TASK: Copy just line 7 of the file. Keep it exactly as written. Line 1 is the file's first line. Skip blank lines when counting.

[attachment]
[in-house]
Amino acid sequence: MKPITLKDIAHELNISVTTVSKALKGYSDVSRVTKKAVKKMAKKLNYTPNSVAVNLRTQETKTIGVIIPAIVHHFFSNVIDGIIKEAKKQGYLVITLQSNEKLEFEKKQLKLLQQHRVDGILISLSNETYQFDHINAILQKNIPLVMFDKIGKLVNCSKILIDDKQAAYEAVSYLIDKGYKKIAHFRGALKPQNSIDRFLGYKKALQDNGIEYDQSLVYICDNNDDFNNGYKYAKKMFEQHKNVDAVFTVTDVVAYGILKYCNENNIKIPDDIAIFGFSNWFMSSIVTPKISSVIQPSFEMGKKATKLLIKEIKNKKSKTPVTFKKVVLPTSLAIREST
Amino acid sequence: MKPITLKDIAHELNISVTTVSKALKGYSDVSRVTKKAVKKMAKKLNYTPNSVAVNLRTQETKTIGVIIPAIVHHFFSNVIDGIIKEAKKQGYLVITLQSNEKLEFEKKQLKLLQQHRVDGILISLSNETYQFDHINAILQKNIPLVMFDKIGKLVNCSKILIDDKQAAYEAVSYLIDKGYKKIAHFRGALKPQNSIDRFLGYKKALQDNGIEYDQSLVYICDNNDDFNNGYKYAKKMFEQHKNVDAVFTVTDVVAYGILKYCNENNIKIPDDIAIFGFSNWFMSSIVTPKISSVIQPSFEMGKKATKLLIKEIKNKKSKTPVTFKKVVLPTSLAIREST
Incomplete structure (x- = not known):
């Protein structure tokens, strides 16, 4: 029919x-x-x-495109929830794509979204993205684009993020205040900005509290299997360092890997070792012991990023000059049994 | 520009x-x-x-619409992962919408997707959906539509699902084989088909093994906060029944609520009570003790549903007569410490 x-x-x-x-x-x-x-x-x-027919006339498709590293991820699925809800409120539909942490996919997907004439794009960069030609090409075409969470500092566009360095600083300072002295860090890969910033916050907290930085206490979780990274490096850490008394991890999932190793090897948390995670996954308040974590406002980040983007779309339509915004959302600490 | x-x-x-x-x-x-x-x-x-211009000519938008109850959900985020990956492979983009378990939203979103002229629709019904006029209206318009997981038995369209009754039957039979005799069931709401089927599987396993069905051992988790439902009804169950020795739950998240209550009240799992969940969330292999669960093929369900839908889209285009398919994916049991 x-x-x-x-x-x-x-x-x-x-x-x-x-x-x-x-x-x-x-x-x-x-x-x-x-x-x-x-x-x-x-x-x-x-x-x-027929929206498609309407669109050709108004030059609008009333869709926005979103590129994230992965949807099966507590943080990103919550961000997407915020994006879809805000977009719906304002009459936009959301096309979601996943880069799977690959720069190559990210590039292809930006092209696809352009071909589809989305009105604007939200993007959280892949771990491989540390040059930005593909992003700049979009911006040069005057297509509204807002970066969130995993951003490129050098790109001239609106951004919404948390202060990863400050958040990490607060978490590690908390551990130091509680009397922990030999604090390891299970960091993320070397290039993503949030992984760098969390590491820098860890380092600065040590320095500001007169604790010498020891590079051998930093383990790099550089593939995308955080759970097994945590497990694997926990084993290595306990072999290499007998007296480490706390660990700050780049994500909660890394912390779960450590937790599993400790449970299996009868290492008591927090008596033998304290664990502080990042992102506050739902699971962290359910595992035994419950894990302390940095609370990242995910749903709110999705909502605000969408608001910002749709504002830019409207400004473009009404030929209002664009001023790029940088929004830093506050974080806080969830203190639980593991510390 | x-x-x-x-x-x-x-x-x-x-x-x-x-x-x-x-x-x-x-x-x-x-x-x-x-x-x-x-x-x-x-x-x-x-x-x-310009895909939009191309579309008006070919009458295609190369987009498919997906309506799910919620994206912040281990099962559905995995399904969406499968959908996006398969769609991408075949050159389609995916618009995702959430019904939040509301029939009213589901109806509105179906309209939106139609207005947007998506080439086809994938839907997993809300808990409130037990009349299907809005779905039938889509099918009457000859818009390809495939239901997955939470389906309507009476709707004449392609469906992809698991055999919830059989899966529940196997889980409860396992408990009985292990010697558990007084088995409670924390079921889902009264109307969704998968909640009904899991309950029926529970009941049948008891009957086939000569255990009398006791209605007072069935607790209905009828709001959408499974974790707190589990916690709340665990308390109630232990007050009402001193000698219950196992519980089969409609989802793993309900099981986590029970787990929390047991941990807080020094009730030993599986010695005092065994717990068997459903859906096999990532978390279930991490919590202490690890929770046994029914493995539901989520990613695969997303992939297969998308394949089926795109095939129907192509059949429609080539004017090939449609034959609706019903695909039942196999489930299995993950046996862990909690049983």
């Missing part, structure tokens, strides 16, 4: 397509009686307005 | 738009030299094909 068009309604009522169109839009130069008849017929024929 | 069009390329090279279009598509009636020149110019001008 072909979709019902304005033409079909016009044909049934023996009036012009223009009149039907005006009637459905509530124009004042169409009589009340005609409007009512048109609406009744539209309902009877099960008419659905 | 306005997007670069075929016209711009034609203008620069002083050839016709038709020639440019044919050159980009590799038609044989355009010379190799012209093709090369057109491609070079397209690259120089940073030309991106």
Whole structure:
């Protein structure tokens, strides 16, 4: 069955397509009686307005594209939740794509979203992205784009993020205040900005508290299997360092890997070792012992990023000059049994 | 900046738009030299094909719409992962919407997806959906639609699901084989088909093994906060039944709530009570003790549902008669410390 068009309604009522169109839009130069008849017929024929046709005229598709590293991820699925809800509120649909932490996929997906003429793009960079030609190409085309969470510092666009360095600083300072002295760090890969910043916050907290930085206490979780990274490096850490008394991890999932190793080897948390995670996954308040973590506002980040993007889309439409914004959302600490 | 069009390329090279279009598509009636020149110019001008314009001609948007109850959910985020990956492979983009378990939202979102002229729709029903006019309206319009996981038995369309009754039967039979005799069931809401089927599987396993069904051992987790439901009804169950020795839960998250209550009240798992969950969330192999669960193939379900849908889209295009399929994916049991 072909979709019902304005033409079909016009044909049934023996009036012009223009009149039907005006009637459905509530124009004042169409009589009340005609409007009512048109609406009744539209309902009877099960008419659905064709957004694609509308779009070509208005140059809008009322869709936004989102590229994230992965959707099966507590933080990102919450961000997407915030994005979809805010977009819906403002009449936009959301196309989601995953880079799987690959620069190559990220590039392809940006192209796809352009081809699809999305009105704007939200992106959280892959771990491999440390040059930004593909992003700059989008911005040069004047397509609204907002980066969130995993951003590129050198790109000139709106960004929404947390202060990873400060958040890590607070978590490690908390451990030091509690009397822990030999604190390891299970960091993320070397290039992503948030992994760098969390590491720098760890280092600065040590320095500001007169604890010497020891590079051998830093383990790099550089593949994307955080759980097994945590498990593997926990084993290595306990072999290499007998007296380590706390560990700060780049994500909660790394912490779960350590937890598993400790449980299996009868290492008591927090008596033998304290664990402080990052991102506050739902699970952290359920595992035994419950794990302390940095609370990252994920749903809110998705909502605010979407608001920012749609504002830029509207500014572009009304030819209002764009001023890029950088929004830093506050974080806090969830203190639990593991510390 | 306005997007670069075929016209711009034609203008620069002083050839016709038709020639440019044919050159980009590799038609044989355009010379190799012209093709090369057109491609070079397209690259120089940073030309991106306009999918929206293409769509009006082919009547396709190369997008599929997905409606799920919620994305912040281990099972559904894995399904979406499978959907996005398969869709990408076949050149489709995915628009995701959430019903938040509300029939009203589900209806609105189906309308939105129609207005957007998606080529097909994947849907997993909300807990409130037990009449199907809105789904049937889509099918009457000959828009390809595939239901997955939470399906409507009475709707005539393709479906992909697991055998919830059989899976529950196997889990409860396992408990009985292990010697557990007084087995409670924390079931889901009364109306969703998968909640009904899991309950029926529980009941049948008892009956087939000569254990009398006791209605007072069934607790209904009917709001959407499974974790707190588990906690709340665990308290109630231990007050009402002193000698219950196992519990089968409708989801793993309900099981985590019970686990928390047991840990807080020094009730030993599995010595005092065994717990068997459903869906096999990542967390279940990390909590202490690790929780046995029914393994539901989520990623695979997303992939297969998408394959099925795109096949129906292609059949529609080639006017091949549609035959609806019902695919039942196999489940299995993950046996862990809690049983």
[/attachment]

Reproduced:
Whole structure: